Mental health in $1.5 billion deficit

Kacie Cooper
By Kacie Cooper March 23, 2018 15:25

Mental health in $1.5 billion deficit

Sculpture outside of Maryvale Adolescent and Family Services. (Photo courtesy of Maryvale)

By Kacie Cooper

Good things grow in Ontario — unless it’s the province’s budget for mental health.

Maryvale Adolescent and Family Services is a children’s mental health treatment centre in Windsor.

In the past 15 years, they haven’t seen a single budget increase, despite the added cost of expenses in that time, according to Executive Director Connie Martin.

“There’s absolutely not enough money and not enough resources,” said Martin, who has worked at the centre for the past 35 years. “Children’s mental health services in Ontario are not mandated.”

While mental illness accounts for about 10 per cent of the burden of disease in Ontario, it receives just seven per cent of healthcare dollars, according to a report done by Health Quality Ontario and the Institute for Clinical Evaluative Sciences.

The report states mental healthcare in Ontario is underfunded by about $1.5 billion.

Martin said having unresolved distress due to a mental illness can affect children’s self-esteem and confidence for their entire lives and their ability to form lasting relationships.

“These children don’t develop emotionally, and it affects their mental health long-term,” said Martin. “It certainly hurts them and their families, but in the long run it affects their communities too.”

Individuals with a mental illness are more likely to be unemployed and the rates are as high as 70 to 90 per cent for people with severe mental illnesses, according to the Centre for Addiction and Mental Health.

Percy Hatfield said he has been an advocate for children’s mental health and the need for more resources. The Windsor-Tecumseh MPP has worked with Maryvale closely to push the provincial government to grant more funding.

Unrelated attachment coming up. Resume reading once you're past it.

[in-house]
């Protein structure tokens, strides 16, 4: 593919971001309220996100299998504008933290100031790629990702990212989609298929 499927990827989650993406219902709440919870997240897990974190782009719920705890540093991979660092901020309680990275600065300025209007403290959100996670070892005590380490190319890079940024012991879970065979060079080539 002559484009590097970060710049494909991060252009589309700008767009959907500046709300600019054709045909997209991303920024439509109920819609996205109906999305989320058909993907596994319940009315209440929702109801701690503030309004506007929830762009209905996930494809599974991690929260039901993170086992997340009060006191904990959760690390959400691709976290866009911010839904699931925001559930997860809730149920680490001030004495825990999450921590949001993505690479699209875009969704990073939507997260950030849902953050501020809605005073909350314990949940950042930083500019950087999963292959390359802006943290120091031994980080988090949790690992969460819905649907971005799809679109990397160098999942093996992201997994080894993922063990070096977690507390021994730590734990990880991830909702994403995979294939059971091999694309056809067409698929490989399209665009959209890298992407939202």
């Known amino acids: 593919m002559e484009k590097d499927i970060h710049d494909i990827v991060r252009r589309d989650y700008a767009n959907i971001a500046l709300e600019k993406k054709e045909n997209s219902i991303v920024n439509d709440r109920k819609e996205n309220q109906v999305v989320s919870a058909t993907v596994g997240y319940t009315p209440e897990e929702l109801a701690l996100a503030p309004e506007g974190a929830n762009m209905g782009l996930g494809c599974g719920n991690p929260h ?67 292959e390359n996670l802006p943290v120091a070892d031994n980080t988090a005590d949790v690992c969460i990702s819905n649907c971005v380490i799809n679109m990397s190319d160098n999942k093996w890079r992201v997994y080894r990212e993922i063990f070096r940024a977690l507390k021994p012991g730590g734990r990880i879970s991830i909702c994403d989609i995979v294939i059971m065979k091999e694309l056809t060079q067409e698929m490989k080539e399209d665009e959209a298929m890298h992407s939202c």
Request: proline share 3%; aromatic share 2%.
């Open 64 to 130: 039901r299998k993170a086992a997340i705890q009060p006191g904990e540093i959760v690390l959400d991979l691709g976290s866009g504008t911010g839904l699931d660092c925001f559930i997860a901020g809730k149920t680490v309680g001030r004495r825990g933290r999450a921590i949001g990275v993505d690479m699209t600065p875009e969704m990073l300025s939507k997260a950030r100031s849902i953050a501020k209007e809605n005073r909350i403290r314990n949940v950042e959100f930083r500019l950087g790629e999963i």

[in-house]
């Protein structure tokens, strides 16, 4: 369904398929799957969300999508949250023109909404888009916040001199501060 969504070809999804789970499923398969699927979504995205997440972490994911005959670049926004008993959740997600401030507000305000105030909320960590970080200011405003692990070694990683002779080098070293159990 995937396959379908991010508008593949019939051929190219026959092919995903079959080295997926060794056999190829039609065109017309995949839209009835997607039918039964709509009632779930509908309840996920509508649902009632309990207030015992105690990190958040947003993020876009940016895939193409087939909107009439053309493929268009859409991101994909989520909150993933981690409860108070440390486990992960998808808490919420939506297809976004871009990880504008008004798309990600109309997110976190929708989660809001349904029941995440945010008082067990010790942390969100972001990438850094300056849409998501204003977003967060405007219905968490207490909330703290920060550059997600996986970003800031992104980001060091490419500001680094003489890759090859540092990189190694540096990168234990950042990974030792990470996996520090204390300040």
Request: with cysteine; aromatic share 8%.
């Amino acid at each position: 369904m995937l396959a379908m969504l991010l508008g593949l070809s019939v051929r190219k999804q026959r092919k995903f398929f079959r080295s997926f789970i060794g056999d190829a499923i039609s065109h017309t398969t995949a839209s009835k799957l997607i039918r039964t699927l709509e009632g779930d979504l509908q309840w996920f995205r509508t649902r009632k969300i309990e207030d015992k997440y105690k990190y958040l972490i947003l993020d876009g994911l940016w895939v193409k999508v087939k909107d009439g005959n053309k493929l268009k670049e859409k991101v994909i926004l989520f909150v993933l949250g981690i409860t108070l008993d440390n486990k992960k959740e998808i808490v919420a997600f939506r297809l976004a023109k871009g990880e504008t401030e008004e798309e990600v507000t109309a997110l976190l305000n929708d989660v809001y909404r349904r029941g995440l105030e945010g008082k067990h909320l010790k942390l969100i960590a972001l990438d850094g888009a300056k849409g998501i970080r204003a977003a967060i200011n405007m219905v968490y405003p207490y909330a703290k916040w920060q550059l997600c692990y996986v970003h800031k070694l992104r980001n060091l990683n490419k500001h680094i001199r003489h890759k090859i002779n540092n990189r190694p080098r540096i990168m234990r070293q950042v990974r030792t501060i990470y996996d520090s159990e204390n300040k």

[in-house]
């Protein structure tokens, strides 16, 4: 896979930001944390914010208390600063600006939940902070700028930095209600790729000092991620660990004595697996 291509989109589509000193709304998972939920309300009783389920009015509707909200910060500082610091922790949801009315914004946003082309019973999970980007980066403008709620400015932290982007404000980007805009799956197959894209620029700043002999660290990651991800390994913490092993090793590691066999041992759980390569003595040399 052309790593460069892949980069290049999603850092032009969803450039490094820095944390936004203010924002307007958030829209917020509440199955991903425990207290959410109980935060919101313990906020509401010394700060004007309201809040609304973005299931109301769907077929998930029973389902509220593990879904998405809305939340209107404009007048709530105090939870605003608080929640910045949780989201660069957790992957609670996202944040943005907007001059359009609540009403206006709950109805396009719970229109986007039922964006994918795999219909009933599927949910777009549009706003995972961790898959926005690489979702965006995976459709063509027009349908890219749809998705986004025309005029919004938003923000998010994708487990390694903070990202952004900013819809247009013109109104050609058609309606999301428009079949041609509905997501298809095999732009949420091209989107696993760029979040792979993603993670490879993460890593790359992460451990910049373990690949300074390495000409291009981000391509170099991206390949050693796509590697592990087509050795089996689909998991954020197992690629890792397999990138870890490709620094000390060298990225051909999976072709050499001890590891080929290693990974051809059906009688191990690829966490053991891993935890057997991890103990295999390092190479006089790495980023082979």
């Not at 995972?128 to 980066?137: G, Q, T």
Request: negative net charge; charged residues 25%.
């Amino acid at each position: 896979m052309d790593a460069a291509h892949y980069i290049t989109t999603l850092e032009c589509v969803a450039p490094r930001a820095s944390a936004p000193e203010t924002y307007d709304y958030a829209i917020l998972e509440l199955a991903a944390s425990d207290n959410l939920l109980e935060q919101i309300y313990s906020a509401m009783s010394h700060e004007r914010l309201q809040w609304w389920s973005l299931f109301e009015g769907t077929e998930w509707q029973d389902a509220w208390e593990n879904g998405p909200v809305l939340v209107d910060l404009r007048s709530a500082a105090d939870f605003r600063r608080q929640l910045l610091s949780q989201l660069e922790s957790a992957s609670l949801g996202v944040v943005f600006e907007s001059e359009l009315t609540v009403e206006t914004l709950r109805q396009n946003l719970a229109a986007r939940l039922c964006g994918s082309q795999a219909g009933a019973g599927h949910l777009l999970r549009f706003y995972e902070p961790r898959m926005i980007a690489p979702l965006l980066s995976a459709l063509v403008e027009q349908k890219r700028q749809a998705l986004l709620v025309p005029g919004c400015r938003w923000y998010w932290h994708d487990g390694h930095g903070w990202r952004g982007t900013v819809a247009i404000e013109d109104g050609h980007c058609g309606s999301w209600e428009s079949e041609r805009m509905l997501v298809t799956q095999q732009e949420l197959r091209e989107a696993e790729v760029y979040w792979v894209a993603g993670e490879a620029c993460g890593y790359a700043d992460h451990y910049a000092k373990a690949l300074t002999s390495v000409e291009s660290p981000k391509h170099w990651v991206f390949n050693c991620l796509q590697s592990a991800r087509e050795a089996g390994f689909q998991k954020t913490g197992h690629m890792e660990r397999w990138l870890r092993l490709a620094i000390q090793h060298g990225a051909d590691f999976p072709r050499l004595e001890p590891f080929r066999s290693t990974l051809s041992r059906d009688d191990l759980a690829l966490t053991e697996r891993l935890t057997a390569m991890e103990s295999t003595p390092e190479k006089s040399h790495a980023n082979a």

“It’s shameful,” said Hatfield. “Why does it take six months or more for children who have attempted suicide or harmed themselves to receive professional help?”

The Canadian Mental Health Association reports that Canada’s youth suicide rate is the third highest in the industrialized world.

“For the past 15 years the Liberals have ignored children’s and youth’s mental health,” said Hatfield. “As children and youth grow older, if the issues aren’t identified, they become compounded.”

As many as one in five children and youth in Ontario will experience some form of mental health problem and five out of six will not receive the treatment they need, according to Children’s Mental Health Ontario.

Kimberly Morand is the mother of a nine-year-old with severe OCD and Tourette’s Syndrome. Her son was diagnosed at the age of seven, and they have spent more than eight months over the past two years waiting for him to receive proper care. She said the wait and the stress from it has been excruciating.

“Once we got access to the services they were wonderful, but the wait times have been horrendous,” said Morand. “I would love to see those wait times shortened.”

Morand and her son’s journey for care started in Windsor, but shortly after, she realized she would need to look elsewhere for treatment and therapy specialized to his mental health needs. Since then, they have been attending therapy in London, which required more waiting beforehand.

Morand said the cost and time spent commuting to and from London has definitely added another level of stress to their family, but said it’s worth it if it means her son can receive proper care.

“It’s painful to watch your child suffer. You feel alone,” said Morand. “I hope things change in Windsor. We need more resources so that other families like us don’t have to suffer.”

Kacie Cooper
By Kacie Cooper March 23, 2018 15:25

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